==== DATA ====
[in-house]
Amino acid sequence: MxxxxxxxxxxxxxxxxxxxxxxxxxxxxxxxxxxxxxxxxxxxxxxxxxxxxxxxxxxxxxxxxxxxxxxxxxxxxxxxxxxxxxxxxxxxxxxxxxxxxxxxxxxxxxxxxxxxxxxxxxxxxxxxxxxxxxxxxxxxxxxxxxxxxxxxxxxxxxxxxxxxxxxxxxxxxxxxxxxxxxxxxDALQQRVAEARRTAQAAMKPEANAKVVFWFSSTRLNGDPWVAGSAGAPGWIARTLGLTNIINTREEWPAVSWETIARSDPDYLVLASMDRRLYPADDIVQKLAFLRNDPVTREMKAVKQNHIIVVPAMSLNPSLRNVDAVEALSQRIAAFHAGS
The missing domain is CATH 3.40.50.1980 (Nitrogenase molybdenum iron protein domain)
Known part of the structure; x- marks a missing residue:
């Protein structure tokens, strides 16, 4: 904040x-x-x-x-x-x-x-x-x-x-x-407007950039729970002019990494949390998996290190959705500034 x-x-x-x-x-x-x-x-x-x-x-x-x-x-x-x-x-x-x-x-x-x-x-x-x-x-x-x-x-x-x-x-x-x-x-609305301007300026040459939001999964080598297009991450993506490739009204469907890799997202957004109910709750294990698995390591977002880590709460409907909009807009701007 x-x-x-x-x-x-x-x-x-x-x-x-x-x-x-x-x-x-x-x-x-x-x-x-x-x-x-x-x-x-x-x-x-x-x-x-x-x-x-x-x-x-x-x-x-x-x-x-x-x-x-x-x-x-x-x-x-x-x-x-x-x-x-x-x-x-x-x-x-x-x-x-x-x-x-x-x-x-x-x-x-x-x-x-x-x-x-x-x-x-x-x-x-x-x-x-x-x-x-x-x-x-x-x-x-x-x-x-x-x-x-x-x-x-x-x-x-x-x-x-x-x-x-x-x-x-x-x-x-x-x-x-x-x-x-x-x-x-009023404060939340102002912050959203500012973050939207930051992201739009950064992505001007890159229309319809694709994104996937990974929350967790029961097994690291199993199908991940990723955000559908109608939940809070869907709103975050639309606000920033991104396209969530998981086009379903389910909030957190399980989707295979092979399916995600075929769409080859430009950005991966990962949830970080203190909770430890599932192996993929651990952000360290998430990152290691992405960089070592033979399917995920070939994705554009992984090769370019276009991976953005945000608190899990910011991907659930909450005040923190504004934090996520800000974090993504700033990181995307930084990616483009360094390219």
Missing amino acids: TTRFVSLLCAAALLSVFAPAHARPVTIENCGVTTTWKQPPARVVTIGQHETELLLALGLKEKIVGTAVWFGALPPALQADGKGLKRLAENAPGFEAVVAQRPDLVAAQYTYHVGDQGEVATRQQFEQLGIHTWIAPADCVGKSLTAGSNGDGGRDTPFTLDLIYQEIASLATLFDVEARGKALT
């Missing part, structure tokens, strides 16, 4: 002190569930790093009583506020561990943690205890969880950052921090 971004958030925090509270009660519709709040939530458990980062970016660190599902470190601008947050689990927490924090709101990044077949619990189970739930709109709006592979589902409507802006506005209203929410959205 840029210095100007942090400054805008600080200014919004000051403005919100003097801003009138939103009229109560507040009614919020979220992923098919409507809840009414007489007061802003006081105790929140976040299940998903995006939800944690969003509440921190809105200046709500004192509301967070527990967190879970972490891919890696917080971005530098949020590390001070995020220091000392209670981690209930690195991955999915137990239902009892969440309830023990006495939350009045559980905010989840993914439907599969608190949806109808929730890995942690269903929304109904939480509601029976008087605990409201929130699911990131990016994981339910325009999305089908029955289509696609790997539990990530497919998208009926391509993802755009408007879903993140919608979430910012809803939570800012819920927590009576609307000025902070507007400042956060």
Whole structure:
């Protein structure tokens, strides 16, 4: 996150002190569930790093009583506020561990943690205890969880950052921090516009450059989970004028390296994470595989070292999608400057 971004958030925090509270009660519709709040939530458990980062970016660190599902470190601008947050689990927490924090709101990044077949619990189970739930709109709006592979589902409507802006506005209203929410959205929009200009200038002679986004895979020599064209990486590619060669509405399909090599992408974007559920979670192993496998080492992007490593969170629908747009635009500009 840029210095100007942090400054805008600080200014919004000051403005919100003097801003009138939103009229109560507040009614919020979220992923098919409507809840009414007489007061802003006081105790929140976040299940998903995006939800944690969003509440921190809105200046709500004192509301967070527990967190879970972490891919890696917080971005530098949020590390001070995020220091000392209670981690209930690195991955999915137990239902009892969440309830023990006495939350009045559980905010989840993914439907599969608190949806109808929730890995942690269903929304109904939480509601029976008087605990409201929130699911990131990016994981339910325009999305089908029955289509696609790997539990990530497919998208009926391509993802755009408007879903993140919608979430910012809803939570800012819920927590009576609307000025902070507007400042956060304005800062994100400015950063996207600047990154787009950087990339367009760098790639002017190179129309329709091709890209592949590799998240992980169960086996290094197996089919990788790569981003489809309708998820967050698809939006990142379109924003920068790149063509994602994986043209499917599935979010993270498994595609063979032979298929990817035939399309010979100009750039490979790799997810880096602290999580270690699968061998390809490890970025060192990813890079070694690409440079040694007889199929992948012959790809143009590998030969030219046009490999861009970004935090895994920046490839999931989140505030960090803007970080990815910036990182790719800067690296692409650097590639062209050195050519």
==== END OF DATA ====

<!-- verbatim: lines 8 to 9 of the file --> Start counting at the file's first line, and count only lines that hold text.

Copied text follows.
Whole structure:
């Protein structure tokens, strides 16, 4: 996150002190569930790093009583506020561990943690205890969880950052921090516009450059989970004028390296994470595989070292999608400057 971004958030925090509270009660519709709040939530458990980062970016660190599902470190601008947050689990927490924090709101990044077949619990189970739930709109709006592979589902409507802006506005209203929410959205929009200009200038002679986004895979020599064209990486590619060669509405399909090599992408974007559920979670192993496998080492992007490593969170629908747009635009500009 840029210095100007942090400054805008600080200014919004000051403005919100003097801003009138939103009229109560507040009614919020979220992923098919409507809840009414007489007061802003006081105790929140976040299940998903995006939800944690969003509440921190809105200046709500004192509301967070527990967190879970972490891919890696917080971005530098949020590390001070995020220091000392209670981690209930690195991955999915137990239902009892969440309830023990006495939350009045559980905010989840993914439907599969608190949806109808929730890995942690269903929304109904939480509601029976008087605990409201929130699911990131990016994981339910325009999305089908029955289509696609790997539990990530497919998208009926391509993802755009408007879903993140919608979430910012809803939570800012819920927590009576609307000025902070507007400042956060304005800062994100400015950063996207600047990154787009950087990339367009760098790639002017190179129309329709091709890209592949590799998240992980169960086996290094197996089919990788790569981003489809309708998820967050698809939006990142379109924003920068790149063509994602994986043209499917599935979010993270498994595609063979032979298929990817035939399309010979100009750039490979790799997810880096602290999580270690699968061998390809490890970025060192990813890079070694690409440079040694007889199929992948012959790809143009590998030969030219046009490999861009970004935090895994920046490839999931989140505030960090803007970080990815910036990182790719800067690296692409650097590639062209050195050519």